This tutorial provides a step-by-step guide on how to perform powder diffraction indexing with ReX.Cell. The example is pretty simple, but extension to more complicated cases should be straightforward.
First of all, download and install the ReX.Cell package specific for your platform. After launching the program, the main application window should appear:
The application window contains several “views”, all of which are basically empty immediately after loading the program. On the top left, the “Dataset” view shows a list of the loaded diffraction patterns; below, the “Peaks List” view displays the diffraction peaks found in the active diffraction pattern. On the right, the currently selected pattern is displayed in a xy plot; immediately below, the “Solutions” view contains a list of the found indexing solutions.
Now, download the example diffraction pattern on which we are going to perform the whole peak search and indexing procedure. The diffraction data was obtained from Armel le Bail’s Powbase repository (entry number 88). After unzipping the archive, click on the “Load data” button located on top of the Dataset view, the select the 88.dat file; after a confirmation dialog, the diffraction pattern should appear in the Plot view:
Before performing the peak search, we are going to restrict the data interval to a smaller region. To do this, select the diffraction pattern (88.dat) in the Dataset view and double click on it (or alternatively click on the “Edit…” button ). In the “Edit pattern” dialog, set 10° and 40° for the x min and x max used values, respectively; after closing the window, the pattern plot is updated according to the new interval.
The first page of the wizard simply asks which diffraction pattern to work on; just click on the “Next” button, which brings us to the Data processing page. Here, we have the chance to apply basic pre-processing operation to the diffraction data, namely background subtraction and radiation stripping; in this case, only background subtraction is needed, which is automatically applied when checking the “Subtract background from pattern” checkbox. The background subtracted pattern is displayed in blue in the plot window; changing the type and parameters of background model (combobox and “Edit…” button nearby) changes the pattern accordingly.
After subtracting the background, click the “Next” button to proceed to the peak search page. The peak finding is based on a two-step procedure: first the pattern is processed through a Savitzky-Golay method, then peak maxima are found using a second derivative search. Both steps can be configured in the graphical user interface, in the “Data smoothing” and the “Peak detection” sub-panels, respectively.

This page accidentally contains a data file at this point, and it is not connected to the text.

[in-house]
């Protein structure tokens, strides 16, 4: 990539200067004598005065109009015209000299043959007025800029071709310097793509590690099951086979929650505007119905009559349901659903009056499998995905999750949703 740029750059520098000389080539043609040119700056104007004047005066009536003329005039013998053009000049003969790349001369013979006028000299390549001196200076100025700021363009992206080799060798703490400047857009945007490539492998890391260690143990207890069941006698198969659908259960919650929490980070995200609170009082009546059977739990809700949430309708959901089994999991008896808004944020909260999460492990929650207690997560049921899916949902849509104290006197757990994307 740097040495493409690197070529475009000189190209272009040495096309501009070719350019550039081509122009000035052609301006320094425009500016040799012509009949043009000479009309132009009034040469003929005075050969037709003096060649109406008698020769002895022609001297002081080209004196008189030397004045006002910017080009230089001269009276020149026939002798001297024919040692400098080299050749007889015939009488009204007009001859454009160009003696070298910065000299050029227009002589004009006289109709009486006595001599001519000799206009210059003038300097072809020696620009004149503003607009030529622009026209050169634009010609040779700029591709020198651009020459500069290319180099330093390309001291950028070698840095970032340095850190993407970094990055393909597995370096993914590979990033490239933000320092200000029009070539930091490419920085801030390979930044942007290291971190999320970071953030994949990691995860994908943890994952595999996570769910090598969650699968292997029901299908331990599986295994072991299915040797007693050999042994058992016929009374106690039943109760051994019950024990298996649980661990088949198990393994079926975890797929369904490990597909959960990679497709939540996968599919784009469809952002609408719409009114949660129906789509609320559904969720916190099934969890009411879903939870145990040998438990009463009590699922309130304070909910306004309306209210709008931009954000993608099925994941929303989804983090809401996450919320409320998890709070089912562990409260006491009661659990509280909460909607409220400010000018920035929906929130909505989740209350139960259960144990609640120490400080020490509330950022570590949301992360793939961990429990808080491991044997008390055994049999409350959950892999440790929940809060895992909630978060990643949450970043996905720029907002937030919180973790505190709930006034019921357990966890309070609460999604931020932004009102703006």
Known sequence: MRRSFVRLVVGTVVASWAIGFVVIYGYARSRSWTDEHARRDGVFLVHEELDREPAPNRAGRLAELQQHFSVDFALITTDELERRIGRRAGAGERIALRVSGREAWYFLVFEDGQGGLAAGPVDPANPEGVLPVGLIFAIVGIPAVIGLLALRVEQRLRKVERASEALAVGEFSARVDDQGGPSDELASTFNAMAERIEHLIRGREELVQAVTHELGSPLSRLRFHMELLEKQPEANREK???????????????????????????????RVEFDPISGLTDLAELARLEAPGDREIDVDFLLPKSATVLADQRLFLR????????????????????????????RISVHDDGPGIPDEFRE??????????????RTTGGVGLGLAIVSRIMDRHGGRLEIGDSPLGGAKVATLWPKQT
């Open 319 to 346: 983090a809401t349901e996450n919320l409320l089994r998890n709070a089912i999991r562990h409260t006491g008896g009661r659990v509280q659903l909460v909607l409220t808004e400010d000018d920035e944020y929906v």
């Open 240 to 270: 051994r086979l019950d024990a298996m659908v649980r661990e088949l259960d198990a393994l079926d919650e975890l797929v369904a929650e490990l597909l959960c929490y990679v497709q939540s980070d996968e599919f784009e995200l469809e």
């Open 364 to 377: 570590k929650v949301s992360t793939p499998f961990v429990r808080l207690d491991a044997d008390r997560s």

Initially, the pattern plot shows the peak positions automatically found with the standard option values applied:
In our case, only the “Average FWHM” value needs to be slightly increased to obtain a satisfying results (e.g. 0.07 or 0.08). You may want to experiment a little bit with the option values and see in real time how this affect the peaks list; notice that you can zoom and pan the plot at any time to observe a particular region of the pattern. After you are reasonably satisfied with the results, click “Finish” to end the wizard. The Peaks List view shows now the found diffraction peaks along with their relative intensities and positions (in both 2-theta and d-spacing).
At this point, we can modify the peaks list by deleting wrongly positioned peaks or adding new ones. To delete an unwanted peak, simply select it in the peaks list view (it will turn blue in the plot window) then click on the “Delete” button. To add a new peak, position the cursor in the plot window at the wanted position and double click; a new peak will appear in both the plot view and the peaks list. Alternatively, you can click on the “Add new peak” button and manually enter the peak data in the dialog that shows up.
At this point we can proceed with the indexing. In the Peaks List view, locate the “Run indexing” button and press it; a new window will appear, showing the indexing options. In the combo box, make sure “Dicvol 06” is selected; the press the “Options…” button. In the Options panel, which opens add the “Monoclinic” symmetry by selecting the corresponding checkbox:
Close the options panel and click on the Run “button”; this starts the Dicvol indexing program, which completes pretty quickly (unless the peak selection was incorrectly carried out, and one or more “impurity” peaks are present). If the indexing is successful, one or more entries should appear in the “Solutions” view (below the Plot view); in our case, the first (and probably only) solution is the correct one.
It is possible to compare the indexed solutions with the original peaks list simply by clicking on the solution entries: the corresponding calculated peaks list appear in blue below the experimental peaks list, displayed in green. It is also possible to directly examine the program output by clicking on the “Output” button.
At this point, you may choose to perform the indexing again with different indexing options or a different indexing program; manual edit of the input file is also supported. Please notice however, that any change in the graphical option panel after the manual edit override any previous manual input.
You can finally export the selected solution by clicking the “Export solution…” button ; support for different structural format is provided, among which the *.cif format is probably the most convenient.
This concludes the indexing tutorial; you may want to experiment again with this example by choosing different options in the peak search wizard and others indexing programs, and see how these choices affects the indexing results.